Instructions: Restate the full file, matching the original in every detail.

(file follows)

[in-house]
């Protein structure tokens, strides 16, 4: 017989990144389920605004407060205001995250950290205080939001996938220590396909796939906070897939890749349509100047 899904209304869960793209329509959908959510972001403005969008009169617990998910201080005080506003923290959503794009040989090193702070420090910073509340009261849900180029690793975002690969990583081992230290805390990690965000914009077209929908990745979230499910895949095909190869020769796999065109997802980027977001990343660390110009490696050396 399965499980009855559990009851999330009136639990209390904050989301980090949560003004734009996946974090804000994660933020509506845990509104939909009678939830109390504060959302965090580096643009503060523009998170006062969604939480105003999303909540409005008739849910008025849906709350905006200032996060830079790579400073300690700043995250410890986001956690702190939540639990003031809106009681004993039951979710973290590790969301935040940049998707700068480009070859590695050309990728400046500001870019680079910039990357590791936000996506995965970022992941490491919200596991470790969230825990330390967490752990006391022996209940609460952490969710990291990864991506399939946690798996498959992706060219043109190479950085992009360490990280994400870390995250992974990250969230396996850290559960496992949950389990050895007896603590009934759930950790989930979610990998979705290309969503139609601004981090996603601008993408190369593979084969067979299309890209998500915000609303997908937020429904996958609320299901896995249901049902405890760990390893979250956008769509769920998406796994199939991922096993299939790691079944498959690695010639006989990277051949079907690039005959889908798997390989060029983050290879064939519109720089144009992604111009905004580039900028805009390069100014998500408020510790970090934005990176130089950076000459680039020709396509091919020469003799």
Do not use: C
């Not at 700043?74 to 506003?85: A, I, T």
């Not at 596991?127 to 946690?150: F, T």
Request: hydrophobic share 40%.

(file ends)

[in-house]
């Protein structure tokens, strides 16, 4: 017989990144389920605004407060205001995250950290205080939001996938220590396909796939906070897939890749349509100047 899904209304869960793209329509959908959510972001403005969008009169617990998910201080005080506003923290959503794009040989090193702070420090910073509340009261849900180029690793975002690969990583081992230290805390990690965000914009077209929908990745979230499910895949095909190869020769796999065109997802980027977001990343660390110009490696050396 399965499980009855559990009851999330009136639990209390904050989301980090949560003004734009996946974090804000994660933020509506845990509104939909009678939830109390504060959302965090580096643009503060523009998170006062969604939480105003999303909540409005008739849910008025849906709350905006200032996060830079790579400073300690700043995250410890986001956690702190939540639990003031809106009681004993039951979710973290590790969301935040940049998707700068480009070859590695050309990728400046500001870019680079910039990357590791936000996506995965970022992941490491919200596991470790969230825990330390967490752990006391022996209940609460952490969710990291990864991506399939946690798996498959992706060219043109190479950085992009360490990280994400870390995250992974990250969230396996850290559960496992949950389990050895007896603590009934759930950790989930979610990998979705290309969503139609601004981090996603601008993408190369593979084969067979299309890209998500915000609303997908937020429904996958609320299901896995249901049902405890760990390893979250956008769509769920998406796994199939991922096993299939790691079944498959690695010639006989990277051949079907690039005959889908798997390989060029983050290879064939519109720089144009992604111009905004580039900028805009390069100014998500408020510790970090934005990176130089950076000459680039020709396509091919020469003799």
Do not use: C
């Not at 700043?74 to 506003?85: A, I, T």
């Not at 596991?127 to 946690?150: F, T």
Request: hydrophobic share 40%.